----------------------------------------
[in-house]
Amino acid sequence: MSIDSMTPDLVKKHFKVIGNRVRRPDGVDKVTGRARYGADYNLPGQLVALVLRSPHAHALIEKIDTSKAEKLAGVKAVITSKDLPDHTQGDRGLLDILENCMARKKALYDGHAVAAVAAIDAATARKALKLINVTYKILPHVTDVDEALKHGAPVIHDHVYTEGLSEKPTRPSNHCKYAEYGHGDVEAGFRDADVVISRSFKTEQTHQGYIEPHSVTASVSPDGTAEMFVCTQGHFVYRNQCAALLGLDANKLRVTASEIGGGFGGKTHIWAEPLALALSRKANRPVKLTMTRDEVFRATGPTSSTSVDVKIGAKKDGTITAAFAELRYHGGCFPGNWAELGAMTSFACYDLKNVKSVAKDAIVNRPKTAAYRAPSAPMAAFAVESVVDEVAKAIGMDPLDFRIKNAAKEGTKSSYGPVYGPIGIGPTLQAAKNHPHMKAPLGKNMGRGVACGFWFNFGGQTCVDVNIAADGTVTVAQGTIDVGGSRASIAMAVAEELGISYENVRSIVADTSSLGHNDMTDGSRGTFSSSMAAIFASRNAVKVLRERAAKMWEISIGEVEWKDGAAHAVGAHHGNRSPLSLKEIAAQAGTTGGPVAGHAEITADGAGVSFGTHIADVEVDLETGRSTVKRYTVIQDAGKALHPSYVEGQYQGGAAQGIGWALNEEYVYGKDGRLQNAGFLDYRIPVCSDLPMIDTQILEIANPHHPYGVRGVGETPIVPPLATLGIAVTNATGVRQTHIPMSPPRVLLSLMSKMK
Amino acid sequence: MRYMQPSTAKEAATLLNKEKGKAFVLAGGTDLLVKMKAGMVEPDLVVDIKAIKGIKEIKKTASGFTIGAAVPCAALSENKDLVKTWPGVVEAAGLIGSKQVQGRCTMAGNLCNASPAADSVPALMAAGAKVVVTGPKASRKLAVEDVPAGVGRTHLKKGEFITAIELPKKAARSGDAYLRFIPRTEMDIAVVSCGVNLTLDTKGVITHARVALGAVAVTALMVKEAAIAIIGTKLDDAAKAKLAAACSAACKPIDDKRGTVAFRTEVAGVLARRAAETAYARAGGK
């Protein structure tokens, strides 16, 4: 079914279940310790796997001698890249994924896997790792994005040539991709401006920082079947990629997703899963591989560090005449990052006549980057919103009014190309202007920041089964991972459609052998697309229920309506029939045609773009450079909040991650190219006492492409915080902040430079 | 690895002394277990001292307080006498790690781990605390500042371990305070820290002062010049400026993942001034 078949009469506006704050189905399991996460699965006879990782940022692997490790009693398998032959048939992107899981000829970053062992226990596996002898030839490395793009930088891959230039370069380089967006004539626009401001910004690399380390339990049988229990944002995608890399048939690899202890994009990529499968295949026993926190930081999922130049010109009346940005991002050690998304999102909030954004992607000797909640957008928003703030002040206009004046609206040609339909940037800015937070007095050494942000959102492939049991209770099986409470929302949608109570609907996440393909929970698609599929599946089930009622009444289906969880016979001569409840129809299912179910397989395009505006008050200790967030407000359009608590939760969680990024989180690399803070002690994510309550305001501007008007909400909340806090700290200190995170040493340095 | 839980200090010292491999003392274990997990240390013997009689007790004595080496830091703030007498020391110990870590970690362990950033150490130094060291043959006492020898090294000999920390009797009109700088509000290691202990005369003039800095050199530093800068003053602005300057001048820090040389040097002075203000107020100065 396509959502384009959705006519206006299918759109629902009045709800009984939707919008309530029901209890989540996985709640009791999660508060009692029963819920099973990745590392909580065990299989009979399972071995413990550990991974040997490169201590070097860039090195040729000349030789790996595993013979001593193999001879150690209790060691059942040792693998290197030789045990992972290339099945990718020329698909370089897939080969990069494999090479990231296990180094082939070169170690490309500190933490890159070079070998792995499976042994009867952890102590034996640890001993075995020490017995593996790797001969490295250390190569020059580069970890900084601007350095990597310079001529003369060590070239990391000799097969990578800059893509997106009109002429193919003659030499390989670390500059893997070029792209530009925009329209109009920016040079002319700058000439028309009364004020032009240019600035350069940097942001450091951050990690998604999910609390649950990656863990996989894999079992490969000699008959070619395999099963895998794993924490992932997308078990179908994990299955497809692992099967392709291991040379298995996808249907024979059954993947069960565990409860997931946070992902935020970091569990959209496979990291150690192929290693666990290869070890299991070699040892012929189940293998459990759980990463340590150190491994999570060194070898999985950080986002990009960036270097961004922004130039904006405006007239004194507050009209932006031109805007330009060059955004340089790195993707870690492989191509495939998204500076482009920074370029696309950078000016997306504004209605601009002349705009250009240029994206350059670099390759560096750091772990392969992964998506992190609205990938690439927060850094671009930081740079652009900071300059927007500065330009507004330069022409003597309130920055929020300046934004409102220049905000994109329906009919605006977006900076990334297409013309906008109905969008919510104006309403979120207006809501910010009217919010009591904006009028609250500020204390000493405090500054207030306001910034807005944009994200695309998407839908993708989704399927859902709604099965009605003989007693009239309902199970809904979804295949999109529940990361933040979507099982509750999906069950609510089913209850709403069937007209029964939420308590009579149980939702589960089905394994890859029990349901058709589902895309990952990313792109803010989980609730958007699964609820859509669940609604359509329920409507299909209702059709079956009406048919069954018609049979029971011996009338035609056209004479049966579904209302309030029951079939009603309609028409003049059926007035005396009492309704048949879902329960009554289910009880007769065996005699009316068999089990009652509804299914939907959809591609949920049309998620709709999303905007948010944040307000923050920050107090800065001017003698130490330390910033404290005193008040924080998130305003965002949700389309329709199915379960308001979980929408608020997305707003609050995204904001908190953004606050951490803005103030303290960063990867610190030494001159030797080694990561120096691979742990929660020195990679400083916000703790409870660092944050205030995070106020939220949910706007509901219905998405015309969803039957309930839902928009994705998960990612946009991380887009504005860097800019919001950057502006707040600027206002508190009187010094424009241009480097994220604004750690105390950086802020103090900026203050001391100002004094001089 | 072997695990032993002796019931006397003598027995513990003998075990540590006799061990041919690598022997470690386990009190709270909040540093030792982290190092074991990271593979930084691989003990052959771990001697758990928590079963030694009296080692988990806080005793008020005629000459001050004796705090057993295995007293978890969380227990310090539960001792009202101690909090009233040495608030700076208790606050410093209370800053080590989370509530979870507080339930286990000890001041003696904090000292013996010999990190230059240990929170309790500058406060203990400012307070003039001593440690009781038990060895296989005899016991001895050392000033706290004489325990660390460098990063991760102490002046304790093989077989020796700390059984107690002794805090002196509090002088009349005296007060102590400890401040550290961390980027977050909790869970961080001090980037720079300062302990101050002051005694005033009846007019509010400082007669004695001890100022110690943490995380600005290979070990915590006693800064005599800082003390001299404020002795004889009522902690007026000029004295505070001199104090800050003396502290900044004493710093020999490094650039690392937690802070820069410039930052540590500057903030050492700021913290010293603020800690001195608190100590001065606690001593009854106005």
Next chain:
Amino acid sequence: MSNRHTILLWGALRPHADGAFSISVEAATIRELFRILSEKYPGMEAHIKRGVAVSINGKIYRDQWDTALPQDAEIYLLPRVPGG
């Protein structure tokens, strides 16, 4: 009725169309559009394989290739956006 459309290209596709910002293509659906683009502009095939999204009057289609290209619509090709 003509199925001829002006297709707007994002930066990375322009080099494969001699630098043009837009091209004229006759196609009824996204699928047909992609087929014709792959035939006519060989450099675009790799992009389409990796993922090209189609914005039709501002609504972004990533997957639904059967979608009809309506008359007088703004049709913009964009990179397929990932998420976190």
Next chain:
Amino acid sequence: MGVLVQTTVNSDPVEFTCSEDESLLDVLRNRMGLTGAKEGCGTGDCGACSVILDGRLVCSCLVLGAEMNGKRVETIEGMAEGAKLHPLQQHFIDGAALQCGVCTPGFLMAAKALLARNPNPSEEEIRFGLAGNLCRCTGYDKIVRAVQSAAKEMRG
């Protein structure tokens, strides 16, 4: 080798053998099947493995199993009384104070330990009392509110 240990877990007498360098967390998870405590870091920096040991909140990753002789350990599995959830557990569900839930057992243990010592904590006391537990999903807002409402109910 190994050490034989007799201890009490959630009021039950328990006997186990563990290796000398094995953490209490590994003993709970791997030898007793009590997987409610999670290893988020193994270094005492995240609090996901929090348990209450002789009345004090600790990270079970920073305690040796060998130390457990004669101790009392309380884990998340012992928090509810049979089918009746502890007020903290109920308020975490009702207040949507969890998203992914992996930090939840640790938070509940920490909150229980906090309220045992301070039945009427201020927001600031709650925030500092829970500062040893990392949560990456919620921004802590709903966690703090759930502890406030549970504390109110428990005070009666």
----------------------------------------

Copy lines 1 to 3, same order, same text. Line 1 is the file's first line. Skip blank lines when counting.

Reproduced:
[in-house]
Amino acid sequence: MSIDSMTPDLVKKHFKVIGNRVRRPDGVDKVTGRARYGADYNLPGQLVALVLRSPHAHALIEKIDTSKAEKLAGVKAVITSKDLPDHTQGDRGLLDILENCMARKKALYDGHAVAAVAAIDAATARKALKLINVTYKILPHVTDVDEALKHGAPVIHDHVYTEGLSEKPTRPSNHCKYAEYGHGDVEAGFRDADVVISRSFKTEQTHQGYIEPHSVTASVSPDGTAEMFVCTQGHFVYRNQCAALLGLDANKLRVTASEIGGGFGGKTHIWAEPLALALSRKANRPVKLTMTRDEVFRATGPTSSTSVDVKIGAKKDGTITAAFAELRYHGGCFPGNWAELGAMTSFACYDLKNVKSVAKDAIVNRPKTAAYRAPSAPMAAFAVESVVDEVAKAIGMDPLDFRIKNAAKEGTKSSYGPVYGPIGIGPTLQAAKNHPHMKAPLGKNMGRGVACGFWFNFGGQTCVDVNIAADGTVTVAQGTIDVGGSRASIAMAVAEELGISYENVRSIVADTSSLGHNDMTDGSRGTFSSSMAAIFASRNAVKVLRERAAKMWEISIGEVEWKDGAAHAVGAHHGNRSPLSLKEIAAQAGTTGGPVAGHAEITADGAGVSFGTHIADVEVDLETGRSTVKRYTVIQDAGKALHPSYVEGQYQGGAAQGIGWALNEEYVYGKDGRLQNAGFLDYRIPVCSDLPMIDTQILEIANPHHPYGVRGVGETPIVPPLATLGIAVTNATGVRQTHIPMSPPRVLLSLMSKMK
Amino acid sequence: MRYMQPSTAKEAATLLNKEKGKAFVLAGGTDLLVKMKAGMVEPDLVVDIKAIKGIKEIKKTASGFTIGAAVPCAALSENKDLVKTWPGVVEAAGLIGSKQVQGRCTMAGNLCNASPAADSVPALMAAGAKVVVTGPKASRKLAVEDVPAGVGRTHLKKGEFITAIELPKKAARSGDAYLRFIPRTEMDIAVVSCGVNLTLDTKGVITHARVALGAVAVTALMVKEAAIAIIGTKLDDAAKAKLAAACSAACKPIDDKRGTVAFRTEVAGVLARRAAETAYARAGGK